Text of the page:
The concept of cross listing entails the purchase and dealings in stocks listed in foreign markets. With the onset of globalization, countries were compelled into eliminating legal hurdles so as to open their markets for purposes of cross listing. However, the idea is still nascent in most of parts of the world. The leading international stock markets for cross listing are New York, Tokyo and London markets. This paper would tackle two central issues. The first limb seeks to examine advantages and disadvantages of listing companies in different foreign stock markets while the second limb examines issues involved in relation to raising capital within the global markets.
Cross listing essentially carries along two significant advantages with others being collateral. These two are performance and diversification. Ideally, not all markets would perform dismally during a given financial period. In that context, it is advantageous for companies to spread their equities all over so as to cushion itself from the poor performance in one market. In addition, stock markets like the above mentioned have the outstanding reputation of sound performance. This performance is often a product of a number of factors. Such factors include blossoming economies of the regions, strict adherence to the rule of the game, among others. Companies would, therefore, benefit from cross listing in such markets whose performance has historically been impressive.
On diversification, prudent accounting demands that companies diversify their portfolios to the best extent possible. A diversified portfolio accrues more returns, absorbs losses better and exposes investors to lesser risks. In addition, diversification enables companies to access a higher pool of sources capital. This predictably informs the decisions by companies to cross list. Access to more capital means the entity can entertain more capital intensive investments, consequently, earning higher returns. Another collateral advantage to cross listing is the exposure it affords to the company. This often serves as an opportunity for the company to learn the foreign market and make future strategic decisions which include decisions as to venturing into a particular market.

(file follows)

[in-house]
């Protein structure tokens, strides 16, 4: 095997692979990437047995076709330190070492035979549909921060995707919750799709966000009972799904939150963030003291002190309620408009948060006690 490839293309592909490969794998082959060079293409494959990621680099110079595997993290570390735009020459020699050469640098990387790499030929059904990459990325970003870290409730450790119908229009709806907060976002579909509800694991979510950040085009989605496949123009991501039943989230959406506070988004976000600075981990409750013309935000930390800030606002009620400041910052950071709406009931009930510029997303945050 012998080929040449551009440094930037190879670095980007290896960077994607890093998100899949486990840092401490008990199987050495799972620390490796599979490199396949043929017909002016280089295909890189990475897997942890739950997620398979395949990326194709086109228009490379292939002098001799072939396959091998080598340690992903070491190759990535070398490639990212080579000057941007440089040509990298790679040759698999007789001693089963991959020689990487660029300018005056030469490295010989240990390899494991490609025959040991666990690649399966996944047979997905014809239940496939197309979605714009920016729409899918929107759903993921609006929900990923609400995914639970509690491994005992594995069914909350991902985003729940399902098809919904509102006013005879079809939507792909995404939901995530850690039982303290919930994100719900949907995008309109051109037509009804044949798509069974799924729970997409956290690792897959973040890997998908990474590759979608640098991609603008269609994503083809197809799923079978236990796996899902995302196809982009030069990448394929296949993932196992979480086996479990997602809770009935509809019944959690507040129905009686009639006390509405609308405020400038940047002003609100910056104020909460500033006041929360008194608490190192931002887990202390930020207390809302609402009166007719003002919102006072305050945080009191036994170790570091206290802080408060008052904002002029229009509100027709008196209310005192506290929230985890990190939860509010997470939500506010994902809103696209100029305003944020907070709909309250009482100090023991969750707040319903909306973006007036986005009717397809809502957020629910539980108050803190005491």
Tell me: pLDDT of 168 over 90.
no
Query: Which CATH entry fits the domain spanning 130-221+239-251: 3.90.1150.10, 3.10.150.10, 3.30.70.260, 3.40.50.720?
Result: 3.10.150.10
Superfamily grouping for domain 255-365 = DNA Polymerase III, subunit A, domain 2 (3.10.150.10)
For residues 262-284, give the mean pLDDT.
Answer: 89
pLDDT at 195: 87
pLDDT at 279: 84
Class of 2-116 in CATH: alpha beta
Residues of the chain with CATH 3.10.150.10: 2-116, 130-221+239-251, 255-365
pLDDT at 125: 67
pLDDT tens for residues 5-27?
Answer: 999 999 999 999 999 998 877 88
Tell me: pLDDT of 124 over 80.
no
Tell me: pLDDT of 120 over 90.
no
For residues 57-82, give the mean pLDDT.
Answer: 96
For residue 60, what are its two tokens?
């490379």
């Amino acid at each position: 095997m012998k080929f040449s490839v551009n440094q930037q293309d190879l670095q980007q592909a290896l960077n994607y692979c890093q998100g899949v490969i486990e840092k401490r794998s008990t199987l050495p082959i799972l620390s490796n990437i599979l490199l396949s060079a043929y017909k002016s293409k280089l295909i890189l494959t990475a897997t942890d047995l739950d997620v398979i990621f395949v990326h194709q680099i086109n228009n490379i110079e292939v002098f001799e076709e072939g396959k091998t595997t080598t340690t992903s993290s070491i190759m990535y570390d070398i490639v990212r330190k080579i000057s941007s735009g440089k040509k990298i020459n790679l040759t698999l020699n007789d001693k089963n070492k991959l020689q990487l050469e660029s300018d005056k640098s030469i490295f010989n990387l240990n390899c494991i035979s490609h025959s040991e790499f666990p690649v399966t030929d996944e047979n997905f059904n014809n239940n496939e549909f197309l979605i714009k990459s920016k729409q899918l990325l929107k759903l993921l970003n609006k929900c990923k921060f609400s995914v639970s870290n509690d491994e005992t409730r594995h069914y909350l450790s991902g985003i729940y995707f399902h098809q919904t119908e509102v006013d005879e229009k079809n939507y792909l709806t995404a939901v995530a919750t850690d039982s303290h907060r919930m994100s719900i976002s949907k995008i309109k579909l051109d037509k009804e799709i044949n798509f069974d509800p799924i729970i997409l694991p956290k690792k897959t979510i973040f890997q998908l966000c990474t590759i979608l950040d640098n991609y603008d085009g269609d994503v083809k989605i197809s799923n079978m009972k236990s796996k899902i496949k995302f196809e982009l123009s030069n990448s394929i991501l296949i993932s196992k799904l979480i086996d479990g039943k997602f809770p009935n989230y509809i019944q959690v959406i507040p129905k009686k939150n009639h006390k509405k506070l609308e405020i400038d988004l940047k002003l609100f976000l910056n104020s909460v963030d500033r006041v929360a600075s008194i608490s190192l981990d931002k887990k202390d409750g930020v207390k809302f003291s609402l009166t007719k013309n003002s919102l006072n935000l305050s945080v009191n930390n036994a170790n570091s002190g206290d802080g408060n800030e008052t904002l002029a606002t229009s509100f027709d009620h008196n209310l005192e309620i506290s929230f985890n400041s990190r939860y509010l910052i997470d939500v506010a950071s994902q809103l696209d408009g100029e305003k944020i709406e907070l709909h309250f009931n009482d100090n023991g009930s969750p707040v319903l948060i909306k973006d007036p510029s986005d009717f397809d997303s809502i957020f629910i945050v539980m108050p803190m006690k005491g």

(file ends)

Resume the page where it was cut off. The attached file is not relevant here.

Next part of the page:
On the other hand, cross listing comes with its own disadvantages. One is the risk of loss of investments. The risk emanates from the fact that most markets are still developing and have poor corporate governance practices. Issues such as insider dealings and poor information flow to the disadvantage of listed companies are still common. Most economies are also illiquid making cross listing irrelevant for strategic purposes since the cross listed firms do not necessarily access capital. Lastly, cross listing is intended for portfolio diversification. However, in most cases companies list in foreign markets that have similar characteristics and are faced by same risks. This defeats the whole sprit of diversification as the cushioning effect is not availed. Perhaps a solution out of this problem would be cross listing in completely different markets. For instance, cross listing in the United States and South Africa as the two countries have entirely different risk factors.
The second limb of the paper relates to issues involved in raising capital in global markets. One significant issue relates to legal and ethical requirements. Developed and complex markets such as the United States of America would require a litany of legal qualifications alongside some ethical and corporate governance practices. Such requirements, though well intended, have in many cases only prohibited access to global capital. In some cases, they have increased the overall cost of capital thereby negating the original saving. Secondly, global capital is susceptible to foreign exchange transactions. In many cases, unrealized foreign exchanges upon realization have commuted to foreign losses on the borrower. This discourages borrowing. The practice embraced in solving this issue entails dealing in one currency often the US Dollar.
Investor trust has become a challenge. Investors are generally risk averse or indifferent. They hardly want to gamble with their funds especially given the global context of operations. The challenge has often been appealing to investors from different countries that come on the table with their inherent cultural biases and stereotypes. For instance, investors from the United States have generally shown skepticism to borrowers from China given their historical records of corrupt practices and low corporate governance performance. Within the same context is the national rivalry for economic development. This has in some cases hindered access to global capital as nations deliberately control their markets to disadvantage external borrowers who would prosper with their investors’ funds to the detriment of their domestic markets. A good example can be seen in the Asian markets where legal provisions tend to favor the small local companies to access their capital rather than lending to foreign multinationals who would end up occasioning a capital flight.
In conclusion, it is noteworthy that cross listing is still nascent and yet to find its footing in the global world. However, as markets become more integrated and globalized, cross listing would be the norm rather than the exception.
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